The Ununennium or the new 'element 119' of the periodic tablesteemCreated with Sketch.

in science •  13 days ago


The periodic table looks to a new row for the first time in history. Scientists from Japan try to synthesize the chemical element 119, "never created in the universe". A team of japanese scientists has just started one of the most exciting projects in physics in recent times: the search for the element 119 of the periodic table, "never seen and never even created in the history of the universe", according to the Physical Hideto Enyo, leader of the initiative.


The new element, Ununennium, also known as eka-francium or simply element 119, would inaugurate for the first time a new row - it would be the octave - in the periodic table proposed in 1869 by the Russian chemist Dimitri Mendeleev.

Hideto Enyo runs the Nishina laboratory at the Riken research center, a particle accelerator located near Tokyo. There, scientists are going to shoot vanadium beams, a metal, against a curio lens, a heavier element that does not exist naturally in the terrestrial environment. The theory is simple: the nucleus of the vanadium atom has 23 protons. Curium is 96. Fused, they would create a superheavy element with 119 protons. But it is not so easy.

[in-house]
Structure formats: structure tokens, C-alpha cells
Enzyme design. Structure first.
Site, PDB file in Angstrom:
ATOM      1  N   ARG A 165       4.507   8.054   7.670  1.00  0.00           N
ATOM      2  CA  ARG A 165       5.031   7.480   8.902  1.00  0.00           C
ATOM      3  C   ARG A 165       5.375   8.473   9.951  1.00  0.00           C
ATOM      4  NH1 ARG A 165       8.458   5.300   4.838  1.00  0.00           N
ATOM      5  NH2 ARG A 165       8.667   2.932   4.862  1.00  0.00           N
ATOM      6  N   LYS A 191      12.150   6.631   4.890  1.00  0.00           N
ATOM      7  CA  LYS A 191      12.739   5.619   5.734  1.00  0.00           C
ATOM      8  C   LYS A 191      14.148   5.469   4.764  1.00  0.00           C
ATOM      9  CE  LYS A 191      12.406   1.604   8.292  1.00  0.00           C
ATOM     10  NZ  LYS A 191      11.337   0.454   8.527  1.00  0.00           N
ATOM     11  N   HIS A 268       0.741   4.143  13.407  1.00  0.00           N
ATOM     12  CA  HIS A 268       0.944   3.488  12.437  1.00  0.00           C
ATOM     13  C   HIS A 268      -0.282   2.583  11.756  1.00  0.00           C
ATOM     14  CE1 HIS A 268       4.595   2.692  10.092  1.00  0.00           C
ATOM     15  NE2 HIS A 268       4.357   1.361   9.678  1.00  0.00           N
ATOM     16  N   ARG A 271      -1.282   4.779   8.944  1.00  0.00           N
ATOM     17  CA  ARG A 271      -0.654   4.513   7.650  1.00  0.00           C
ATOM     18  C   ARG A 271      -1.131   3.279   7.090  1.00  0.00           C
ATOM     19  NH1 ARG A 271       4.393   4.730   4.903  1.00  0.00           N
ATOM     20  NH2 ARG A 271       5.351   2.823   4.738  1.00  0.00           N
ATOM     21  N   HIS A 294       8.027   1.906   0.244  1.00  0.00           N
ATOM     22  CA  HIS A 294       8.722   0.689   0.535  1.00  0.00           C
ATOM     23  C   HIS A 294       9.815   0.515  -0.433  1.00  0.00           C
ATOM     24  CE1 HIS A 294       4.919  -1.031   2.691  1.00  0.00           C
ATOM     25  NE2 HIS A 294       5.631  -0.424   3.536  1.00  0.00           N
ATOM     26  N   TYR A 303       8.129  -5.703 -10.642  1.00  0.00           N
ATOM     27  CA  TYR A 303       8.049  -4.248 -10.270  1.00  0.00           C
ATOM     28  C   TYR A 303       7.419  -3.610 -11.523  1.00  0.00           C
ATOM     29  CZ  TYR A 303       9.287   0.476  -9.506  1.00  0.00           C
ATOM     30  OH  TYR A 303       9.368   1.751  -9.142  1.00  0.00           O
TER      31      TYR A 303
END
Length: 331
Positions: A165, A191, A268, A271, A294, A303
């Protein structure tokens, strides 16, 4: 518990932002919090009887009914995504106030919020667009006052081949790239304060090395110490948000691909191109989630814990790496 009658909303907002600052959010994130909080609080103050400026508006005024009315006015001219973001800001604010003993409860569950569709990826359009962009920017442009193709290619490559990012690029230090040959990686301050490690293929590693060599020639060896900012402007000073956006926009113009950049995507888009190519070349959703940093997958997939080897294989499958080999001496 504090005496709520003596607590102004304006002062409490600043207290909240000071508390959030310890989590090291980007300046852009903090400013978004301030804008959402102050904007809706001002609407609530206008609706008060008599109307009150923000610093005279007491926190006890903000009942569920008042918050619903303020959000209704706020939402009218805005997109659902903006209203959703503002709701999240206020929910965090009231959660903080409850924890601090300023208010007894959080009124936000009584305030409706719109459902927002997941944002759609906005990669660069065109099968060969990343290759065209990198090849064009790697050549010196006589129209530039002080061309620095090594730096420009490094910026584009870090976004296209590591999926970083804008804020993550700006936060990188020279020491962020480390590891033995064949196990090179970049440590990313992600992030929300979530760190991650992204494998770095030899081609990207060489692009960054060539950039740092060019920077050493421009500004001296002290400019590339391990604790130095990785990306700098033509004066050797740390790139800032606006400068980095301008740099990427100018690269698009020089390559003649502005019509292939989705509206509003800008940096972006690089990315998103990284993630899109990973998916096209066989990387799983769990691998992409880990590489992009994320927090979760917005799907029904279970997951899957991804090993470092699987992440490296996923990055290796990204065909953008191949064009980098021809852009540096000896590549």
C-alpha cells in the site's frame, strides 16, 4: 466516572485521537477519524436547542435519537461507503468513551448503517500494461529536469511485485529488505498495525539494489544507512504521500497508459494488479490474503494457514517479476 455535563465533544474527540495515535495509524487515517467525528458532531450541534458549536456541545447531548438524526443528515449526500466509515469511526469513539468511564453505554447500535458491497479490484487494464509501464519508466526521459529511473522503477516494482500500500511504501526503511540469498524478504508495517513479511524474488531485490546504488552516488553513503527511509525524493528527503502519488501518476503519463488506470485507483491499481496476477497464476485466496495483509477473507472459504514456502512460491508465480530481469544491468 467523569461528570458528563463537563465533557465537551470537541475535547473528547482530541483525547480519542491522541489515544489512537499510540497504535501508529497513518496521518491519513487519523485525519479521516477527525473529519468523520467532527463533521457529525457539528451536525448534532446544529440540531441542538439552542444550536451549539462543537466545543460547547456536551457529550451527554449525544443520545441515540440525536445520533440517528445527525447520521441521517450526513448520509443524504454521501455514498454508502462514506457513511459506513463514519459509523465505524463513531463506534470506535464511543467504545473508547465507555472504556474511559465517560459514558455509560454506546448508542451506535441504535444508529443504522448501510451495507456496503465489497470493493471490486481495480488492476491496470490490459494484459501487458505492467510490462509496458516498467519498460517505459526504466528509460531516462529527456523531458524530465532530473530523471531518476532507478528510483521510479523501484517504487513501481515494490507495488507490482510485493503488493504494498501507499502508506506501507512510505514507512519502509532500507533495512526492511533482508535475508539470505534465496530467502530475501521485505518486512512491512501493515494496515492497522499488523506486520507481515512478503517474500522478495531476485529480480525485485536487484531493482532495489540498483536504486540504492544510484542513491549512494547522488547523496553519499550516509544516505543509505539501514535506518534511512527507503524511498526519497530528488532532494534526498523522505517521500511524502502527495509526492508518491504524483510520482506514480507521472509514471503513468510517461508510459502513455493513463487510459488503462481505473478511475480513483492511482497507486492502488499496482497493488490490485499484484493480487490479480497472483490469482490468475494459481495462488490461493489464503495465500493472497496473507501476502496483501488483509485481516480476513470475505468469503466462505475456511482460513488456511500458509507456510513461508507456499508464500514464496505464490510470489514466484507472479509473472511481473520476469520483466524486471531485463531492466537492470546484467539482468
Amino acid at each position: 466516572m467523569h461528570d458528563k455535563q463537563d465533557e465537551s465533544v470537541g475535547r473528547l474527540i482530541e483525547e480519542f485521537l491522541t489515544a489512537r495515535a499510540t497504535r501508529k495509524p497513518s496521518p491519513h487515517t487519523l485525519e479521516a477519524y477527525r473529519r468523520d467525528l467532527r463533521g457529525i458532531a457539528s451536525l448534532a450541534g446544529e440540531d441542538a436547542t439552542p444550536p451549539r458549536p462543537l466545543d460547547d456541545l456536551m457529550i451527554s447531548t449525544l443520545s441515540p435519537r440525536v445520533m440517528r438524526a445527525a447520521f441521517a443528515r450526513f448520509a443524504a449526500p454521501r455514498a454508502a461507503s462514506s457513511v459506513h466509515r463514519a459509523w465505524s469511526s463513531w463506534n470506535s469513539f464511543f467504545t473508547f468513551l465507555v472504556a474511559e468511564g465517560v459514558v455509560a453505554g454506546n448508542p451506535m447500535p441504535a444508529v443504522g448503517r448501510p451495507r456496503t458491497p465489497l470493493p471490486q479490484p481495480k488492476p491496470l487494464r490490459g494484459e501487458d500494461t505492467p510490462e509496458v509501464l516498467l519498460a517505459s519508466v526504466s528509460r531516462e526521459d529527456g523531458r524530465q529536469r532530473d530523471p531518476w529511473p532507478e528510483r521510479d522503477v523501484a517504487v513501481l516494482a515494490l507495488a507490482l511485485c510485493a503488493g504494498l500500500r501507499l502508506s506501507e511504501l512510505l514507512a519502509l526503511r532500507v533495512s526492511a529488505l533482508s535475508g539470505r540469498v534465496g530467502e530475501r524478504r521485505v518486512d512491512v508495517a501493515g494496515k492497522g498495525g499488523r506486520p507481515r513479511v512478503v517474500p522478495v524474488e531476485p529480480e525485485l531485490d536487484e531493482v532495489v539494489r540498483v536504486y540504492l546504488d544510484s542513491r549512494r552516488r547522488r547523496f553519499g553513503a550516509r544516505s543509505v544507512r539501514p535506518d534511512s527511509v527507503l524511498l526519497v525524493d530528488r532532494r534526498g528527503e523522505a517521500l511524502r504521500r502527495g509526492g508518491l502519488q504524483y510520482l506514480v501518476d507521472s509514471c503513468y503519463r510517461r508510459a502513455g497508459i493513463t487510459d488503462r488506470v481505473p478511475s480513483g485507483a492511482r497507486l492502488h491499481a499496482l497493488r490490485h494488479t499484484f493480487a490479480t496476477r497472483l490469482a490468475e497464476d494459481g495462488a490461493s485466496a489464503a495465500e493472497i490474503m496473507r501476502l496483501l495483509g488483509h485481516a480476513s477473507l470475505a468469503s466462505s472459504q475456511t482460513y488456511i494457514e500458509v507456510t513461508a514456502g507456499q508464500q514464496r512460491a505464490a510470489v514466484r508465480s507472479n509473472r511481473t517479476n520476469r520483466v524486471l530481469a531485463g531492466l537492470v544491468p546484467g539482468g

This would create, in a few seconds, increasingly heavy elements, such as gold (79), lead (82) or uranium (92). The Tain experiment, called BRIKEN, tries to imitate these stellar entanglements in the laboratory of Japan.

This rapid process of neutron capture, however, would stop around element 110, as Tain points out, citing current theoretical predictions. If they are true, the element 119, as the Japanese Hideto Enyo says, has never been created in the universe. Never.


Why spend so much time in expensive experiments to synthesize an element for a few thousandths of a second? "Because it is very exciting to discover a new element, especially the 119, which will be the first of the eighth row of the periodic table", ditches the Japanese physicist, summarizing the curious spirit of basic science.

The German chemist Martin Heinrich Klaproth discovered uranium in 1789. He named it for the planet Uranus, which had just been observed for the first time a handful of years before. Uranium is the oldest element in the seventh row of the periodic table. If in 1789 they had asked Klaproth "and what do we want this for?", He could not have imagined that nuclear power plants would produce 17% of the world's electricity with the oldest element in the seventh row.

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